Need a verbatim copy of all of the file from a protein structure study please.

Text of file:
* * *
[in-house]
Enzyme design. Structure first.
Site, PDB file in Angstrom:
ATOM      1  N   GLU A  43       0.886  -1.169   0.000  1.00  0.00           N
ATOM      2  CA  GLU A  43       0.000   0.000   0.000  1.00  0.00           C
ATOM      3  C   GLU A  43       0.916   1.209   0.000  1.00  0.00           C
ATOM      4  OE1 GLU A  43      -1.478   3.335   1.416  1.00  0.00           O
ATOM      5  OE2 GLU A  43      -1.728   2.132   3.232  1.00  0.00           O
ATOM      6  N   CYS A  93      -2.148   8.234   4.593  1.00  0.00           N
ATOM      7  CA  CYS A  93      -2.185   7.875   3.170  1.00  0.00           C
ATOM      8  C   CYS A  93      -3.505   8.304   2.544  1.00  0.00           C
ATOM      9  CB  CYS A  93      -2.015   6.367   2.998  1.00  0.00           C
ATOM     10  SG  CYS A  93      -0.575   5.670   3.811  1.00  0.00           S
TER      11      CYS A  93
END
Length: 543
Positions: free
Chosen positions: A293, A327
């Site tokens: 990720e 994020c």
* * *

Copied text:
[in-house]
Enzyme design. Structure first.
Site, PDB file in Angstrom:
ATOM      1  N   GLU A  43       0.886  -1.169   0.000  1.00  0.00           N
ATOM      2  CA  GLU A  43       0.000   0.000   0.000  1.00  0.00           C
ATOM      3  C   GLU A  43       0.916   1.209   0.000  1.00  0.00           C
ATOM      4  OE1 GLU A  43      -1.478   3.335   1.416  1.00  0.00           O
ATOM      5  OE2 GLU A  43      -1.728   2.132   3.232  1.00  0.00           O
ATOM      6  N   CYS A  93      -2.148   8.234   4.593  1.00  0.00           N
ATOM      7  CA  CYS A  93      -2.185   7.875   3.170  1.00  0.00           C
ATOM      8  C   CYS A  93      -3.505   8.304   2.544  1.00  0.00           C
ATOM      9  CB  CYS A  93      -2.015   6.367   2.998  1.00  0.00           C
ATOM     10  SG  CYS A  93      -0.575   5.670   3.811  1.00  0.00           S
TER      11      CYS A  93
END
Length: 543
Positions: free
Chosen positions: A293, A327
């Site tokens: 990720e 994020c």